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Past Continuous

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What has already happened is part of the past . If we place ourselves in a chronological line, the past is what remained behind the current time (the I presented ), while the events that have not yet materialized will take place in the future .

Continuous , on the other hand, is that which remains or develops without suffering interruptions. It is something incessant, lacking breaks or cuts.

These two concepts (past and continuous) come together in a verbal tense of the language English : he past continuous or past continuous at language original. At this time, the action mentioned began to develop in the past (regarding the situation of the speaker) and then extended over time.

For example: "She was reading a book" It is a phrase that can be translated as "She was reading a book". The continuous past indicates that the woman in question, one day ago, read a work; this activity did not necessarily end at that time, but could continue.

Something similar happens with the following expression : “Manuel was talking when his father arrived” ("Manuel was talking when his father arrived"). In this case, the tense indicates that, when your father arrives, Manuel He had already begun to speak: the action, therefore, began before his father arrived.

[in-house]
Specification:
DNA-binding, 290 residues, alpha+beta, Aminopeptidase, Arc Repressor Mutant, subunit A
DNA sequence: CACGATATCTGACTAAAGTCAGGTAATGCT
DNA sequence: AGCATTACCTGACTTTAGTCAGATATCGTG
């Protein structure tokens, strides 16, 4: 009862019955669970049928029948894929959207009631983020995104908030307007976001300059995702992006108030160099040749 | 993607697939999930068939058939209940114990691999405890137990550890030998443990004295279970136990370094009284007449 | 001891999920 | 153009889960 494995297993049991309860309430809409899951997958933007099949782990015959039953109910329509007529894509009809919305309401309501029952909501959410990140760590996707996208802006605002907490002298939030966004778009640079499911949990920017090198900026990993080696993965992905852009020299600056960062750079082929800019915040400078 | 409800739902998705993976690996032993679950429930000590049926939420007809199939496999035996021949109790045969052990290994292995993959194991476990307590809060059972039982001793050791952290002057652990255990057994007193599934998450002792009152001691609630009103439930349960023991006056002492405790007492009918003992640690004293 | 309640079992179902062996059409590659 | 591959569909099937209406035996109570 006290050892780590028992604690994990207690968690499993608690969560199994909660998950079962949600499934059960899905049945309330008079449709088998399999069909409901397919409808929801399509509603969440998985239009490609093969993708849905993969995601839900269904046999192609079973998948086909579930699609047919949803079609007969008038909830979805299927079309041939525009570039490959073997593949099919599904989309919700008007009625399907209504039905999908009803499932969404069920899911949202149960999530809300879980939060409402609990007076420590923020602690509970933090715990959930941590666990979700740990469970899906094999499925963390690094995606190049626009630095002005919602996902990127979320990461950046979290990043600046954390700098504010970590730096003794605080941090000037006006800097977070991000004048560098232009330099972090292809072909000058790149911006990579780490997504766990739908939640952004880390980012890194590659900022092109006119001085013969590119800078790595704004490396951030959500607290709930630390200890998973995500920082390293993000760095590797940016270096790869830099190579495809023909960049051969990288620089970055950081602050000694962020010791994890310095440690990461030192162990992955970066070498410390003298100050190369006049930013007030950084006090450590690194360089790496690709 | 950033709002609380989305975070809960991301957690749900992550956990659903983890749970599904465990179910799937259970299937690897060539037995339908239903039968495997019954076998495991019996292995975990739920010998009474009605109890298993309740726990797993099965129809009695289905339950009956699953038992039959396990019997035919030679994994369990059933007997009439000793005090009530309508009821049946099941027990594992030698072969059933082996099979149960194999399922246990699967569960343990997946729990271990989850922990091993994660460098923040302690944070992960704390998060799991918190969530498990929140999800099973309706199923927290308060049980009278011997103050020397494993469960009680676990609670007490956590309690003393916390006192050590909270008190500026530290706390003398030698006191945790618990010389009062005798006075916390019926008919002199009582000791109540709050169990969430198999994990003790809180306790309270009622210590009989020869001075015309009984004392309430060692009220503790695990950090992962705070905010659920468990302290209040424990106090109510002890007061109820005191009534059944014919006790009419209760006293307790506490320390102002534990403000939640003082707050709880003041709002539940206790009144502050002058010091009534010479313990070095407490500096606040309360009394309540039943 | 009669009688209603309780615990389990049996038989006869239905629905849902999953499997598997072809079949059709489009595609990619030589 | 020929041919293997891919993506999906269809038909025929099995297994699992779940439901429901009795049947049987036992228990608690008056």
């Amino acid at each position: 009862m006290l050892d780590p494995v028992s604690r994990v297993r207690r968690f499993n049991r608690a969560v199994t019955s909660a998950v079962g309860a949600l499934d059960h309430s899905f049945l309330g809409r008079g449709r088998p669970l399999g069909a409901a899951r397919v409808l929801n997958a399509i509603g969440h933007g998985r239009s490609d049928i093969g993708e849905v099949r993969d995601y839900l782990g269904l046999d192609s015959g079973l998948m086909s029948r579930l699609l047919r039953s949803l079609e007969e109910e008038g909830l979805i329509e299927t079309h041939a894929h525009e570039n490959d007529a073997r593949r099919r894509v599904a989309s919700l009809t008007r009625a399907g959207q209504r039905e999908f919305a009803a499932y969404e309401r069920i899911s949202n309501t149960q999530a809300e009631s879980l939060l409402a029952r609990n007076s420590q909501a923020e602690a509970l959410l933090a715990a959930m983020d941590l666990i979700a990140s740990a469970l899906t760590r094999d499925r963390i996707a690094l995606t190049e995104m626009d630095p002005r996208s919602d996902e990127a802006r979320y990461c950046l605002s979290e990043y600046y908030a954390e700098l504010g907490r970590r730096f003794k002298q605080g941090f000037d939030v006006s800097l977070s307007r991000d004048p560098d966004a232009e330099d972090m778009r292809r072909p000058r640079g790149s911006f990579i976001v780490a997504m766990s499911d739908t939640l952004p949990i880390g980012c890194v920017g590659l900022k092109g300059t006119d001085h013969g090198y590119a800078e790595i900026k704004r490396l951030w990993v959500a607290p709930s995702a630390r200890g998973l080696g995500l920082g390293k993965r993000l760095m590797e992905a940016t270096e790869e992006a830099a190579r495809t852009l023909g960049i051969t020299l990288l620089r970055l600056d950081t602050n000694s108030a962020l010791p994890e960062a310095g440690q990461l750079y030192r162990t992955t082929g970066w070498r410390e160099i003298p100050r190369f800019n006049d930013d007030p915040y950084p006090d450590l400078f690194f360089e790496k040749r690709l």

The past continuous can also be used when we have two past actions, of which one has already ended and the other continues while the first one is completed. The action that ended at the time is expressed in simple past (simple past ), while the other must appear in the past continuous: “When he shouted, I was talking to Sarah” ("When he yelled, I was talking to Sarah").

Although at first glance the simple past and the continuous past seem very easy to distinguish if their definitions are carefully studied, it is worth mentioning that many foreigners use the second instead of the first, probably because of certain idiomatic differences that prevent them from perceiving the application correct of each. For example, to express that "the Romans used shields and spears" the most precise sentence conjugates the verb wear in past simple ("Romans used shields and spears"), and not in past continuous ("Romans were using shields and spears").

As with the present simple and the continuous, the past simple may indicate an action that took place many times over an extended period of time. weather , something that was true in a bygone era ("I went to school by bus", "I went to school by bus"); however, unlike the present simple, it also serves to report an event that occurred only once, at a well-defined moment ("That day I finally understood my father's words", "That day I finally understood my father's words").

The past continuous cannot fulfill any of these functions , but you can give us a context to locate the last example: "That day, while I was reading your book , I finally understood my father's words", "That day, while reading your book, I finally understood my father's words"The action of reading the interlocutor's book may indicate, for example, that thanks to its content the issuer was able to process and understand the message that his father had given him in a previous instance; therefore, said construction is secondary, could be omitted without altering the main meaning of the sentence.

It is important to remember that the English language does not use the term weather to group the possible conjugations of the verbs, but uses the word tense; although in Spanish we translate it as weather, the need to resort to another concept arises because of not having enough conjugations to express all tenses. In English, therefore, many of the tenses denote more than one time, according to the context .

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